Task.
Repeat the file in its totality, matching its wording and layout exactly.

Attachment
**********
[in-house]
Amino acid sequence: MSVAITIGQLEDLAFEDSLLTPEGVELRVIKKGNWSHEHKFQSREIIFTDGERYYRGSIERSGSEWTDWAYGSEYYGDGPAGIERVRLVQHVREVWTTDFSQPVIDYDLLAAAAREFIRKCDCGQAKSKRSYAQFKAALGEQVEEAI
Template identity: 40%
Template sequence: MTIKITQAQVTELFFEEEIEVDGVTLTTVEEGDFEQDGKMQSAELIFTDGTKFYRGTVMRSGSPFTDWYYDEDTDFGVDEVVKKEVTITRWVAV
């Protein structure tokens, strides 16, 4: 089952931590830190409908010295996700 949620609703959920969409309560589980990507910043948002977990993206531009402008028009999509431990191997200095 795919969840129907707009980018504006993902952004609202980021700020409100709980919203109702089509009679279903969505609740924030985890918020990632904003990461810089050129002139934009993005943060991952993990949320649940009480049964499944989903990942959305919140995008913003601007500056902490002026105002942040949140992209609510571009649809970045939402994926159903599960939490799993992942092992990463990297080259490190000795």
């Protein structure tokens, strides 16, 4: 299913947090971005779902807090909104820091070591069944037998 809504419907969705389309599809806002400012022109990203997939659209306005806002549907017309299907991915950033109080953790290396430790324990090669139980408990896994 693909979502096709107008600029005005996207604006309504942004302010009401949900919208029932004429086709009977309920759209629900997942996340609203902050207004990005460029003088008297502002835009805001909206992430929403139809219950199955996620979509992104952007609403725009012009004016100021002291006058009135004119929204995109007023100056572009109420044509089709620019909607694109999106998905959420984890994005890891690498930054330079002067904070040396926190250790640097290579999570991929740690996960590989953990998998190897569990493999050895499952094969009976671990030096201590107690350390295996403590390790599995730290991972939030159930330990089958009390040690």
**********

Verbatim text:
[in-house]
Amino acid sequence: MSVAITIGQLEDLAFEDSLLTPEGVELRVIKKGNWSHEHKFQSREIIFTDGERYYRGSIERSGSEWTDWAYGSEYYGDGPAGIERVRLVQHVREVWTTDFSQPVIDYDLLAAAAREFIRKCDCGQAKSKRSYAQFKAALGEQVEEAI
Template identity: 40%
Template sequence: MTIKITQAQVTELFFEEEIEVDGVTLTTVEEGDFEQDGKMQSAELIFTDGTKFYRGTVMRSGSPFTDWYYDEDTDFGVDEVVKKEVTITRWVAV
């Protein structure tokens, strides 16, 4: 089952931590830190409908010295996700 949620609703959920969409309560589980990507910043948002977990993206531009402008028009999509431990191997200095 795919969840129907707009980018504006993902952004609202980021700020409100709980919203109702089509009679279903969505609740924030985890918020990632904003990461810089050129002139934009993005943060991952993990949320649940009480049964499944989903990942959305919140995008913003601007500056902490002026105002942040949140992209609510571009649809970045939402994926159903599960939490799993992942092992990463990297080259490190000795």
């Protein structure tokens, strides 16, 4: 299913947090971005779902807090909104820091070591069944037998 809504419907969705389309599809806002400012022109990203997939659209306005806002549907017309299907991915950033109080953790290396430790324990090669139980408990896994 693909979502096709107008600029005005996207604006309504942004302010009401949900919208029932004429086709009977309920759209629900997942996340609203902050207004990005460029003088008297502002835009805001909206992430929403139809219950199955996620979509992104952007609403725009012009004016100021002291006058009135004119929204995109007023100056572009109420044509089709620019909607694109999106998905959420984890994005890891690498930054330079002067904070040396926190250790640097290579999570991929740690996960590989953990998998190897569990493999050895499952094969009976671990030096201590107690350390295996403590390790599995730290991972939030159930330990089958009390040690």